Since Darbyists are so paranoid about their Bizarro Jesus interpretation of Antichrist, a lot of ’em have become absolutely against anything which tries to bring peace to our world. I’m not kidding. Ever notice all the conservatives who claim to be good Christians, who’re nonetheless against every peaceful or diplomatic initiative our government tries? Jimmy Carter gets Israel and Egypt to make peace, Bill Clinton gets Israel and the Palestinians to talk, Barack Obama opens relations with Cuba and Iran, and Darbyists flip their lids. And it’s not just because Darbyists and these particular American Presidents join different political parties. It’s because the Darbyists are sure these politicians aren’t making real peace, but false peace. Antichrist-style false peace. Blessed are the peacemakers? Mt 5.9 Screw that; it’s a trick. It’s what the devil wants us to think.

How messed up is it, when acting like Jesus gets you accused of being evil incarnate? But it happened to Jesus too. He’d free people from evil spirits, and the Pharisees in response claimed he was doing it devilishly. Mk 3.22 He had to warn them they were blaspheming the Holy Spirit. Mk 3.28-29 I’m not saying Darbyists do likewise… wait, I am, ’cause they totally do.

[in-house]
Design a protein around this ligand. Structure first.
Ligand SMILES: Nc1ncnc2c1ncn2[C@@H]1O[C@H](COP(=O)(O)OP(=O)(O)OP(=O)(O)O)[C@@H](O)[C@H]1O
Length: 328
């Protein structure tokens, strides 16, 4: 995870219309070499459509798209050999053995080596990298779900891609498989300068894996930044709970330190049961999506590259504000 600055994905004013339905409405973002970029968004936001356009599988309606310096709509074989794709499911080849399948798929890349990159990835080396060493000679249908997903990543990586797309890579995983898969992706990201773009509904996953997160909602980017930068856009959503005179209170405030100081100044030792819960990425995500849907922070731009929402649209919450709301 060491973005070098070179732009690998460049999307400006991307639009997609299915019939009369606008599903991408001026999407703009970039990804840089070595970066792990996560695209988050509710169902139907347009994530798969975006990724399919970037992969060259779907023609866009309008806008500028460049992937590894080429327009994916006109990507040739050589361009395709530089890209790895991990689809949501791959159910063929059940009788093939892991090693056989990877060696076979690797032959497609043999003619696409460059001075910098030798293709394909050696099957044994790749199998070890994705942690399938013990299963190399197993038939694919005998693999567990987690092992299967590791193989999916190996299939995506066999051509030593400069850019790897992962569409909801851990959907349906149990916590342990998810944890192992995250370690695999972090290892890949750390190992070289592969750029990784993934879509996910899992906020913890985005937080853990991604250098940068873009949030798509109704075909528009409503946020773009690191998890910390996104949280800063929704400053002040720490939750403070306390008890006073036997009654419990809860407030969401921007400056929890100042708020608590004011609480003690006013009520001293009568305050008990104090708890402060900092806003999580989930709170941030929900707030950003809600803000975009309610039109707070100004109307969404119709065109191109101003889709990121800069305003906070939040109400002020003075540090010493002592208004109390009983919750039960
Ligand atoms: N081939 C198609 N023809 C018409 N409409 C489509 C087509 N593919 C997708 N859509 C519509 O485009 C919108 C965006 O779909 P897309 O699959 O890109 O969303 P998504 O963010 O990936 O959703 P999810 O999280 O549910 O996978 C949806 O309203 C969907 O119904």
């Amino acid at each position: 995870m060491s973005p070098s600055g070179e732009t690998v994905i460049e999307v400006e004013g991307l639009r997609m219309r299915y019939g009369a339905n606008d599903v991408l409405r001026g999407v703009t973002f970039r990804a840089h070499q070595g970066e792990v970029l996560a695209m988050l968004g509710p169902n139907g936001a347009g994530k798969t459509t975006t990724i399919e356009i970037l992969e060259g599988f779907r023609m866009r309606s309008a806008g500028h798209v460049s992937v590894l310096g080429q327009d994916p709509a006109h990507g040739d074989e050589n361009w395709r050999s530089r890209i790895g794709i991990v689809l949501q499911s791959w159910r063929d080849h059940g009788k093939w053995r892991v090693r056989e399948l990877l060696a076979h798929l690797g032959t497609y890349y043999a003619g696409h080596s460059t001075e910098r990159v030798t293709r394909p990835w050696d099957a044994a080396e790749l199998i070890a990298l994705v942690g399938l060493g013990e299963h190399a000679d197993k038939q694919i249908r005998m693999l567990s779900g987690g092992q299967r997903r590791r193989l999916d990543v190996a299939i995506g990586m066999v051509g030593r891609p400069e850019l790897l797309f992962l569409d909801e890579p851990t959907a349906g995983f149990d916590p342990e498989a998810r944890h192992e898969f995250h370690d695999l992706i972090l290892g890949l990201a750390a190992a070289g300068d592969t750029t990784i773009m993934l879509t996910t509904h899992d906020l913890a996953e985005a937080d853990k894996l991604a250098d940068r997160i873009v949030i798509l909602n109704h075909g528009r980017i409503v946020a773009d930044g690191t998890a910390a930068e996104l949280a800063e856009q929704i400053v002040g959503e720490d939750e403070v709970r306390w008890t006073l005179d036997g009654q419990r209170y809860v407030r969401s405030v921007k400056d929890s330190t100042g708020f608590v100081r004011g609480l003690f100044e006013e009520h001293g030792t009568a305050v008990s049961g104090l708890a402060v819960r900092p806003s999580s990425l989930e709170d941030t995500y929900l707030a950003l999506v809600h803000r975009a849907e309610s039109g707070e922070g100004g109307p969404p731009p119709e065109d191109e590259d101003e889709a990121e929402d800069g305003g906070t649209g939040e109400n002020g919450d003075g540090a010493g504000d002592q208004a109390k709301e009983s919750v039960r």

So my view is closer to that of the Adventists: The white horse’s rider is Christ, and the other horsemen represent the persecutions Christianity suffered, and suffers, throughout world history, and in the present day. That fits the context of these scriptures.

The second horseman: The Russo-Israeli War.

The next horse, a red one, is explicitly ridden by someone who’s given a sword and takes peace away from the world. Rv 6.4 It’s obviously war. Darbyists claim it’s a specific war—an imagined war between Russia and Israel in the middle of the seven-year tribulation. Tim LaHaye imagines Antichrist leads the forces against Israel; Hal Lindsey claims he actually defends Israel, defeats Israel’s enemies, and as an apparent victor and peacemaker he convinces the rest of the world to follow him.

Yeah, they kinda tried to draw a tank riding a horse. TNWC 10